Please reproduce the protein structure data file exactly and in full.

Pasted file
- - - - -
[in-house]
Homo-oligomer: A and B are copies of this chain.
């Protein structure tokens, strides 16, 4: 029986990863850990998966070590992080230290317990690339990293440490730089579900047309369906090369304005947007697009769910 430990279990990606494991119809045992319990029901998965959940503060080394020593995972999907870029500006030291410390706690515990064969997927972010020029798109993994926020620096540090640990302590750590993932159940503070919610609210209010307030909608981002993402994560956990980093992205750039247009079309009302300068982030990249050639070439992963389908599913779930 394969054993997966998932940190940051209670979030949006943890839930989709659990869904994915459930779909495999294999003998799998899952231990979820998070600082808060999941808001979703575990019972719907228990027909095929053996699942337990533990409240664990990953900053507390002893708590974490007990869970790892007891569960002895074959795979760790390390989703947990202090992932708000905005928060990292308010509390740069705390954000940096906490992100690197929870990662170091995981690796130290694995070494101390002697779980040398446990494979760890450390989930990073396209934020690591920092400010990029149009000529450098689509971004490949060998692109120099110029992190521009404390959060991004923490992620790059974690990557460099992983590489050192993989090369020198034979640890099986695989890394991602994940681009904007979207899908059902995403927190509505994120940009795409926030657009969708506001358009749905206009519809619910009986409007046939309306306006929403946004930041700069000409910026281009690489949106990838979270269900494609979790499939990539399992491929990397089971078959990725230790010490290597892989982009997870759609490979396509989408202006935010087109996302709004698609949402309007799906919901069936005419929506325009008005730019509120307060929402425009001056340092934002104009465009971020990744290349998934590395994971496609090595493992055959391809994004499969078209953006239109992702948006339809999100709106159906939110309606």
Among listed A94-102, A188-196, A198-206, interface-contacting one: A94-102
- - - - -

[in-house]
Homo-oligomer: A and B are copies of this chain.
């Protein structure tokens, strides 16, 4: 029986990863850990998966070590992080230290317990690339990293440490730089579900047309369906090369304005947007697009769910 430990279990990606494991119809045992319990029901998965959940503060080394020593995972999907870029500006030291410390706690515990064969997927972010020029798109993994926020620096540090640990302590750590993932159940503070919610609210209010307030909608981002993402994560956990980093992205750039247009079309009302300068982030990249050639070439992963389908599913779930 394969054993997966998932940190940051209670979030949006943890839930989709659990869904994915459930779909495999294999003998799998899952231990979820998070600082808060999941808001979703575990019972719907228990027909095929053996699942337990533990409240664990990953900053507390002893708590974490007990869970790892007891569960002895074959795979760790390390989703947990202090992932708000905005928060990292308010509390740069705390954000940096906490992100690197929870990662170091995981690796130290694995070494101390002697779980040398446990494979760890450390989930990073396209934020690591920092400010990029149009000529450098689509971004490949060998692109120099110029992190521009404390959060991004923490992620790059974690990557460099992983590489050192993989090369020198034979640890099986695989890394991602994940681009904007979207899908059902995403927190509505994120940009795409926030657009969708506001358009749905206009519809619910009986409007046939309306306006929403946004930041700069000409910026281009690489949106990838979270269900494609979790499939990539399992491929990397089971078959990725230790010490290597892989982009997870759609490979396509989408202006935010087109996302709004698609949402309007799906919901069936005419929506325009008005730019509120307060929402425009001056340092934002104009465009971020990744290349998934590395994971496609090595493992055959391809994004499969078209953006239109992702948006339809999100709106159906939110309606």
Among listed A94-102, A188-196, A198-206, interface-contacting one: A94-102